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Re: [xmca] Deb Roy: The birth of a word Discussion
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- Date: Sun, 20 Mar 2011 20:25:50 +0900
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Vandy Wilkinson from Japan.
It seems to me that suddenly technology is on the table, with this
discussion, re: now Larry Purss' comments.
What I have to say that seems to me urgently connected to our present
here in Japan, where we catch scenes of people in shelters, two elderly
people suddenly being found yesterday, still alive, And these clips are
beyond "journalism". There is more information for those with eyes
trained to see. So how can one, then, access stored information and
present an edition to show what needs to be shown and demonstrated.
I just saw a clip of Rachel Maddow introducing a clip
which shows people in a taxi, ditching the taxi and running for it, and
getting up the stairs of a concrete building just as the tsunami smashed
into it. This clip from a hand held camera somehow got onto national
no, international, TV and had NO funding. Research that can be done
from that short clip! If you add up the clips and put them together,with
a narrative idea and this digitized material, both from the sky and the
ground, everything that happened here, even if we can't get a complete
picture of it, it is logged, filed, and searchable. At this point,
various academics, geographers, communication experts, psychologists,
community workers, sociologists, social workers, with their various
frames of reference (strategic choices, scanning information, making
expedient choices, and witnessing group action and so on, plus what can
be seen from the higher perspective of the upper floor will sort out
what there is to be learned from this.
So much was learned from the Sumatra 2004 earthquake and it made a big
difference now in Japan. Clearly understanding the advances in early
warning systems, the patterns of what happens, geographically and
socially, the 250,000 who perished then did not die in vain.
In research, it is the level of attention which guides the eye to see,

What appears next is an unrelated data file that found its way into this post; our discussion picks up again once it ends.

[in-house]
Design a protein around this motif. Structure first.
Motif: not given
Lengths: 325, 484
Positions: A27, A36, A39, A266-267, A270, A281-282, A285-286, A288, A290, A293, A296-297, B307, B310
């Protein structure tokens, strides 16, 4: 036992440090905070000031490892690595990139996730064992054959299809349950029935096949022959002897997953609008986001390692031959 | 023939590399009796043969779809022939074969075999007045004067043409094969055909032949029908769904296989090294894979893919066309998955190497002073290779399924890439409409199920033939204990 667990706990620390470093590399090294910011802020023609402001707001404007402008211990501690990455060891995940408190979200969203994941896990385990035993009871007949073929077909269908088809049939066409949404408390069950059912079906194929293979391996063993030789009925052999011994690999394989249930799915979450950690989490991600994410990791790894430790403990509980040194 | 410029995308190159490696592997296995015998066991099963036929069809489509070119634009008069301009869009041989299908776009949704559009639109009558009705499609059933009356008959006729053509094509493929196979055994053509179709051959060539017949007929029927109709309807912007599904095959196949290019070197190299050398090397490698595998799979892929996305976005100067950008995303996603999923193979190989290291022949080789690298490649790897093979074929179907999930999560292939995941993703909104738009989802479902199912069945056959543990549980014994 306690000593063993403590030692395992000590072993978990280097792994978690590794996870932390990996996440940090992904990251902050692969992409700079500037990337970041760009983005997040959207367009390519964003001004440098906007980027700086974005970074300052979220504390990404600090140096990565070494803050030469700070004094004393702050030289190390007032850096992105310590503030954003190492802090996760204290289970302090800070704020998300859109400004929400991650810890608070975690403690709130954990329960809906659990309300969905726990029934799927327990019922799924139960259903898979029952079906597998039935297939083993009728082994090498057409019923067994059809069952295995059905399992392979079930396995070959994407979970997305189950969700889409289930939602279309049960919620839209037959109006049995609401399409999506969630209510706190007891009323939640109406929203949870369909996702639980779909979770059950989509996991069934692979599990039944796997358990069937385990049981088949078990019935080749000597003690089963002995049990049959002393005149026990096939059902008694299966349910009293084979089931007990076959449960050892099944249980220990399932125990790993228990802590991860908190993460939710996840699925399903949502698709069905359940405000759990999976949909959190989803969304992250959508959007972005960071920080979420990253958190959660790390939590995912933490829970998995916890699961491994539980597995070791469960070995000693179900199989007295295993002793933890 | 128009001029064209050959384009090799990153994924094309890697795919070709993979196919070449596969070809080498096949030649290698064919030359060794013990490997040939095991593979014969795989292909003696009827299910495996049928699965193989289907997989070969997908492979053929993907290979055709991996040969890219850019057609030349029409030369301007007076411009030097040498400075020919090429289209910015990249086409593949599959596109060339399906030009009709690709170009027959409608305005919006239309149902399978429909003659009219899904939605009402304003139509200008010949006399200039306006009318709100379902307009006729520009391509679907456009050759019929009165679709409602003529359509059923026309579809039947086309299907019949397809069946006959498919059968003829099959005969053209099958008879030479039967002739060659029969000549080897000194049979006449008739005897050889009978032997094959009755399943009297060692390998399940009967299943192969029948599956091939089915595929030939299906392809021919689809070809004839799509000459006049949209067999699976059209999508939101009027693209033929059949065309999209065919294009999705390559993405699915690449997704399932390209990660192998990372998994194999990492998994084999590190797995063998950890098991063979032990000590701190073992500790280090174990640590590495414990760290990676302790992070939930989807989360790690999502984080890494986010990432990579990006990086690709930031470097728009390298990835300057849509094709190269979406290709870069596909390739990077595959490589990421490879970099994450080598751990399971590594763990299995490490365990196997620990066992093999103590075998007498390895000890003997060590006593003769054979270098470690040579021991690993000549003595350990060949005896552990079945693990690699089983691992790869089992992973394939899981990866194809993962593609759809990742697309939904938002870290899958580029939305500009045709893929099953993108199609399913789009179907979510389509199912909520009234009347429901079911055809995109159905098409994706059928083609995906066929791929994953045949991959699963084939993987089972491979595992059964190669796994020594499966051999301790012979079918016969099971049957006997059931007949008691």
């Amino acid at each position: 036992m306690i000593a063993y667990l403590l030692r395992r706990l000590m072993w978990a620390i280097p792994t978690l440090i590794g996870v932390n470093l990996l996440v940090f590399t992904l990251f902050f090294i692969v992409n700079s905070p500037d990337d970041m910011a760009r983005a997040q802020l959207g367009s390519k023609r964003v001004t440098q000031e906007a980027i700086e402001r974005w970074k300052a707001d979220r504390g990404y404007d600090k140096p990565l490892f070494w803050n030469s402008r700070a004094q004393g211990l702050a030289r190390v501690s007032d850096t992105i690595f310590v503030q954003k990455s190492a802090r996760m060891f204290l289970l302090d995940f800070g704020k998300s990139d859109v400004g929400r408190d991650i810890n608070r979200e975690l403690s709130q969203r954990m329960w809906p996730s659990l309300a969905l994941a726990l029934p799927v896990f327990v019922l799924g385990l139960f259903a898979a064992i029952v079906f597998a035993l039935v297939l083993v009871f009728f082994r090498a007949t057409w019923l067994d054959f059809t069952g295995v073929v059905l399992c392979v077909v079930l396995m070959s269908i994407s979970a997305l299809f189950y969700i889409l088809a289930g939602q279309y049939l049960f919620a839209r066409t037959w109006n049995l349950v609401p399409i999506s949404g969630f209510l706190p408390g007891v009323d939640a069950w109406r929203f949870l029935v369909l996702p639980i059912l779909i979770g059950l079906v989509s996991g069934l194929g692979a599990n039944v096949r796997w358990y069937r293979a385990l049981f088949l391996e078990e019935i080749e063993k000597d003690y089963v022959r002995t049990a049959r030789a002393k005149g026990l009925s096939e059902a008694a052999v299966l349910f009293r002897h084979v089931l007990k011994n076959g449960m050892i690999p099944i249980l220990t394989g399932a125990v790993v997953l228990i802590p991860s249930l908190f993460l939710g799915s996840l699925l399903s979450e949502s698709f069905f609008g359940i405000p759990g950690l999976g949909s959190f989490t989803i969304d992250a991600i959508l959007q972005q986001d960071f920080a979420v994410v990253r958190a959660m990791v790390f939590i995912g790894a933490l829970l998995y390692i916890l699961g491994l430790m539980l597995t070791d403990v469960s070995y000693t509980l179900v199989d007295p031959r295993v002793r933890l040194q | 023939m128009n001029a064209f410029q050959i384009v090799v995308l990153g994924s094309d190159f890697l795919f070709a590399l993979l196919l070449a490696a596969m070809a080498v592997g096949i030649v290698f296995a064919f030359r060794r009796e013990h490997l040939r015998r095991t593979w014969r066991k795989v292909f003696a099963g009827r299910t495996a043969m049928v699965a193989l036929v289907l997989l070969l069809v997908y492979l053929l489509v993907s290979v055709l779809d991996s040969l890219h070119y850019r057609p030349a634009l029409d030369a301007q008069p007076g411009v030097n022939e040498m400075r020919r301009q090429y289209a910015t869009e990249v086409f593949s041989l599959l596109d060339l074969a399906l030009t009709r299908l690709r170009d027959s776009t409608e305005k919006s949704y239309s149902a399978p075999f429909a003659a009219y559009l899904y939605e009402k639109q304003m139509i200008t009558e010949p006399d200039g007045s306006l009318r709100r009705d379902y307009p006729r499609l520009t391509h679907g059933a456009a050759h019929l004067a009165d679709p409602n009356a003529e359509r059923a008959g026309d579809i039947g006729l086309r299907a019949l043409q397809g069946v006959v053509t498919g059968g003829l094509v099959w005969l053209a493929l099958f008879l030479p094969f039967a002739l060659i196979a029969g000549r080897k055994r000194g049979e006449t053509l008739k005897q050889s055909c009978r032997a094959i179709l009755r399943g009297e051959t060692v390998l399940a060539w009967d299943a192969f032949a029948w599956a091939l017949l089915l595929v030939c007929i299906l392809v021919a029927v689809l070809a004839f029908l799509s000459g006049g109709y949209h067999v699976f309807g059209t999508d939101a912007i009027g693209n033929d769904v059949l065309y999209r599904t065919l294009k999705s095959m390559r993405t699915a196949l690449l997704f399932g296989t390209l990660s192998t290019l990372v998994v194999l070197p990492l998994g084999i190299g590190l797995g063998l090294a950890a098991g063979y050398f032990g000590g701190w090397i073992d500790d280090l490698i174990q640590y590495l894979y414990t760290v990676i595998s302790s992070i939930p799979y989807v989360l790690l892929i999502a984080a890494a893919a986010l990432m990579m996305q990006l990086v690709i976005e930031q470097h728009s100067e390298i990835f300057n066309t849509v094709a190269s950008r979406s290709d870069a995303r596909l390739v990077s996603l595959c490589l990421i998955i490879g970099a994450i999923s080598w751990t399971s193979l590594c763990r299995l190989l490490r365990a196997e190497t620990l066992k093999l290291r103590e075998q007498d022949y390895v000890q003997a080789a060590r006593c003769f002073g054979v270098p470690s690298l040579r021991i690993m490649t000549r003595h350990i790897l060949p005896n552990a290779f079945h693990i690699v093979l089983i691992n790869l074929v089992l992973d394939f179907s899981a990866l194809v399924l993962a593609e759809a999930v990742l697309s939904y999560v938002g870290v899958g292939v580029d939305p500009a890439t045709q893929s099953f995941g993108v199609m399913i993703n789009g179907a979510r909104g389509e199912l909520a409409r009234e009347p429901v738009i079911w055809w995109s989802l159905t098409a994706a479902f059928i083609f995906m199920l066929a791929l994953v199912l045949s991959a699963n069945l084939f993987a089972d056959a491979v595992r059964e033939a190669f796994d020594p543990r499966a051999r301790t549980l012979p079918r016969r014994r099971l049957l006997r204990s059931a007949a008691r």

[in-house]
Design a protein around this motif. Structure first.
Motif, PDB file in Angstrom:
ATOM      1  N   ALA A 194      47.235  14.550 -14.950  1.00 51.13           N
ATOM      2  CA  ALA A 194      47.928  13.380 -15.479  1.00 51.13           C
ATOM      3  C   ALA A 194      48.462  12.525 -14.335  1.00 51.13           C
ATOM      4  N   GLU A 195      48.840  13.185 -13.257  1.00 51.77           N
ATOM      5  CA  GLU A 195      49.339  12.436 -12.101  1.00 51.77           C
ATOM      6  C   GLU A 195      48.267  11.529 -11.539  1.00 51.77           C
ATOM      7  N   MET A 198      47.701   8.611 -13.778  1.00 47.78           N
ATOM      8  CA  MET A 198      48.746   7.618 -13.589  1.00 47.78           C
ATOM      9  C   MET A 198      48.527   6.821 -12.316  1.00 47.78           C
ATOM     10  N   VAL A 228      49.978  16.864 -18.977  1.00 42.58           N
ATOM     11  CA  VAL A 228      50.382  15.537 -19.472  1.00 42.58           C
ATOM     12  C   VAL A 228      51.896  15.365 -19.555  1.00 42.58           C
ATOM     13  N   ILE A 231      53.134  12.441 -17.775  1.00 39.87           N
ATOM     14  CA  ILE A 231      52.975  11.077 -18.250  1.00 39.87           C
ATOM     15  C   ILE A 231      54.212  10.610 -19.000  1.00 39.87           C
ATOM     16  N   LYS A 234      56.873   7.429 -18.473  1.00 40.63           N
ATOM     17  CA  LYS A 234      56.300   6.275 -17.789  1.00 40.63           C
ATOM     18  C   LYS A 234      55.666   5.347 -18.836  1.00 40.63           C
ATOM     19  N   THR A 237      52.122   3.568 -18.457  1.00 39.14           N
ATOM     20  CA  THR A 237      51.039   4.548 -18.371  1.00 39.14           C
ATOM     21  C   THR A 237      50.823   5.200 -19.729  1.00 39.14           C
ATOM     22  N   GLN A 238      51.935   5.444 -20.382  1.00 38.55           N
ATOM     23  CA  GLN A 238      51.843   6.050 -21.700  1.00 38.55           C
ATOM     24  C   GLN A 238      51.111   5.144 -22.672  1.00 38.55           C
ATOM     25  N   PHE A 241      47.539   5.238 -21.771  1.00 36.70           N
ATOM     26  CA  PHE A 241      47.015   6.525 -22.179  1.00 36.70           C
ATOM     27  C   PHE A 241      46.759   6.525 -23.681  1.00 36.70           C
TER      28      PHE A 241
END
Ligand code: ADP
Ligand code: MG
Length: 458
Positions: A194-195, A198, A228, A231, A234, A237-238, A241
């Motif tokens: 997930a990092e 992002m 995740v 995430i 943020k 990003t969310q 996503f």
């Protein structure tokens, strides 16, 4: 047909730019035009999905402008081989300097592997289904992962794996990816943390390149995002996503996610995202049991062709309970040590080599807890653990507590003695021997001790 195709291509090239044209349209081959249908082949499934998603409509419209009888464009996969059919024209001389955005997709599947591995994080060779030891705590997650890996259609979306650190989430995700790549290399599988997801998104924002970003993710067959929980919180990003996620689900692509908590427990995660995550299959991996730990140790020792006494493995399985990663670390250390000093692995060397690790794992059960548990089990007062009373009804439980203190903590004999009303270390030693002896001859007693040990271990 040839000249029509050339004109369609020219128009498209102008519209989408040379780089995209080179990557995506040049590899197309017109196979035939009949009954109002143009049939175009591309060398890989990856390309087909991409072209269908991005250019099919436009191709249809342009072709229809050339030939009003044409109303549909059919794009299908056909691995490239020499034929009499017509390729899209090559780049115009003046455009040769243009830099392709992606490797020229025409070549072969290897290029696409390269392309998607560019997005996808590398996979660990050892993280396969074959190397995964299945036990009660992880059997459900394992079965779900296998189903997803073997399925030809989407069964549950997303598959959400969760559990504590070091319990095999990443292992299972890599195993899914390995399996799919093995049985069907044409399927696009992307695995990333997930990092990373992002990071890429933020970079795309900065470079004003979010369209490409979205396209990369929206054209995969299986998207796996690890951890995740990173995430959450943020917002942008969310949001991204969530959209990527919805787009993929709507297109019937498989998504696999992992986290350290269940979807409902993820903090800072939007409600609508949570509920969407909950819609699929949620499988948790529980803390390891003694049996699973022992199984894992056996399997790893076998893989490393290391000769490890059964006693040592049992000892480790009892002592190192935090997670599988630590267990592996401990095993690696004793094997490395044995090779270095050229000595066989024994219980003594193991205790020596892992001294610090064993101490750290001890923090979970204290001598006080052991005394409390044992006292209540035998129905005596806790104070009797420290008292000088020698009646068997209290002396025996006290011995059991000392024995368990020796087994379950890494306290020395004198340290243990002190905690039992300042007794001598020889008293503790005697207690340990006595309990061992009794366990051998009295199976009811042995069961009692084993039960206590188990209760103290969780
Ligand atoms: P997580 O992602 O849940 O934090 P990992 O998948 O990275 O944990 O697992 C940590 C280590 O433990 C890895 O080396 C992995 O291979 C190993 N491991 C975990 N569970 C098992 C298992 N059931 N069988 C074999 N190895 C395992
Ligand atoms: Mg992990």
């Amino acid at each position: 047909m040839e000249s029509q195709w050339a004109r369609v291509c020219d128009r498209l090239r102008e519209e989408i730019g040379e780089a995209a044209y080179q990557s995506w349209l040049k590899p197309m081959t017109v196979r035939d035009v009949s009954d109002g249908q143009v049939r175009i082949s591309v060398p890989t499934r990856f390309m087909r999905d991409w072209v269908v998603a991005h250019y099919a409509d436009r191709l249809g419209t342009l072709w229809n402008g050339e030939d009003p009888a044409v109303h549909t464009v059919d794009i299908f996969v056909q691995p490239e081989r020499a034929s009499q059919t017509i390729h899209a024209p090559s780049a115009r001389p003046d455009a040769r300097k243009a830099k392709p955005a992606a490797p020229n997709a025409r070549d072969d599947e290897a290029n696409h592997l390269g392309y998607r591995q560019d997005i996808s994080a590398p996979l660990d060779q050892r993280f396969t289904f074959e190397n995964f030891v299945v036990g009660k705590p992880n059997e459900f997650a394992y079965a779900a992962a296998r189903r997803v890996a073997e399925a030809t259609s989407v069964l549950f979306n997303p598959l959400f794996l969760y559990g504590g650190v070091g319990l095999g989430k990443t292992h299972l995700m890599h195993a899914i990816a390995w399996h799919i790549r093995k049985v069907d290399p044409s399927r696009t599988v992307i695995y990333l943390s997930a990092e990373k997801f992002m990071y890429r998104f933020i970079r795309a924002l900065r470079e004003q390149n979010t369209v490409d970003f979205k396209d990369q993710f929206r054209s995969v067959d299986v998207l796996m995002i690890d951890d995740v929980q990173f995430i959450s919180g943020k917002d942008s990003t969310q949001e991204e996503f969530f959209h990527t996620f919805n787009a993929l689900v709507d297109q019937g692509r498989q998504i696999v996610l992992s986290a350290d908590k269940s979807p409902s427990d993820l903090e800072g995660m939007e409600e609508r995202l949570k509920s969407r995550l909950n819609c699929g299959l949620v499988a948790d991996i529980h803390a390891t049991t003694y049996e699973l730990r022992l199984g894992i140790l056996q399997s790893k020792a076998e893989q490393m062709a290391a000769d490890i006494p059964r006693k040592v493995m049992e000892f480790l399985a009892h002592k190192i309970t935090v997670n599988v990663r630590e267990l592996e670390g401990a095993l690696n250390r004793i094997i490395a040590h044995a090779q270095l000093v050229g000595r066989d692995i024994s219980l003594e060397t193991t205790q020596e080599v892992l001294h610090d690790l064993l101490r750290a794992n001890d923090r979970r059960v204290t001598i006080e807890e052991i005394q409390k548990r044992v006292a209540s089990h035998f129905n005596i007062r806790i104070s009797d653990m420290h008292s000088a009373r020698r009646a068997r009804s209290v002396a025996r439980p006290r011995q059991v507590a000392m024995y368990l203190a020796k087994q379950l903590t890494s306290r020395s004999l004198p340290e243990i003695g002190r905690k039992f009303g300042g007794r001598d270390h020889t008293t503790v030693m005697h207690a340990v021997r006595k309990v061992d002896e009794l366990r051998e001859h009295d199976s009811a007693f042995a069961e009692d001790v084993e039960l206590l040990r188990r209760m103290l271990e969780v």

and the patience to edit. Technology has advanced to rapidly so as to
put very high level equipment in the hands of ordinary people, for
example, running from a tsunami (that was not ordinary, by any
evaluation). Piaget altered the course of his study with the addition
of his own children to the research mix. That must be relevant to the
passion to study and the intention to follow a thread. What I am
saying is that very powerful technology is already in the hands of
ordinary untrained people who see extra-ordinary things, but trained
experts can then see what was going on and make informed sense of it.
There is much, very much available without simply enormous budgets to
record, describe, analyze, and present very subtle and advanced
knowledge. I hope this makes sense.
So much focus on budget and technology, when the real trick is to use
what you have when you need it. To see what you have when it is being
used as something else/ for something else, but can be turned to another
I can see that technology is so very very valuable and has a price.
But we already have so much digitally stored and so much access to so
so that the time to ponder and study and present it is somehow more
(2011/03/20 10:30), Martin Packer wrote:
The 2011 budget request for the US National Institute of Child Health and Human Development is $1,368,894,000. That's one fancy basement you have!
On Mar 19, 2011, at 7:59 PM, Andy Blunden wrote:
Well it was great viewing, Deb Roy's presentation certainly spurred me to improve my own presentation style. But it didn't test any claim about speech development, and was surely never intended to prove or discover anything about speech development. Except that to do any work in this area you need a vast array of expensive audio-visual and computer equipment and a team of dozens of research assistants. Gone are the days when a hand-held video camera would let you do meaningful research into child development.
Note that this reinforces the major malady of our times: the conception that on one hand there is little individual me with no capacity to do anything except massage my own preferences, and on the other hand the mighty institutions and forces of society with their billion-dollar machines and vast organisations, who decide everything .
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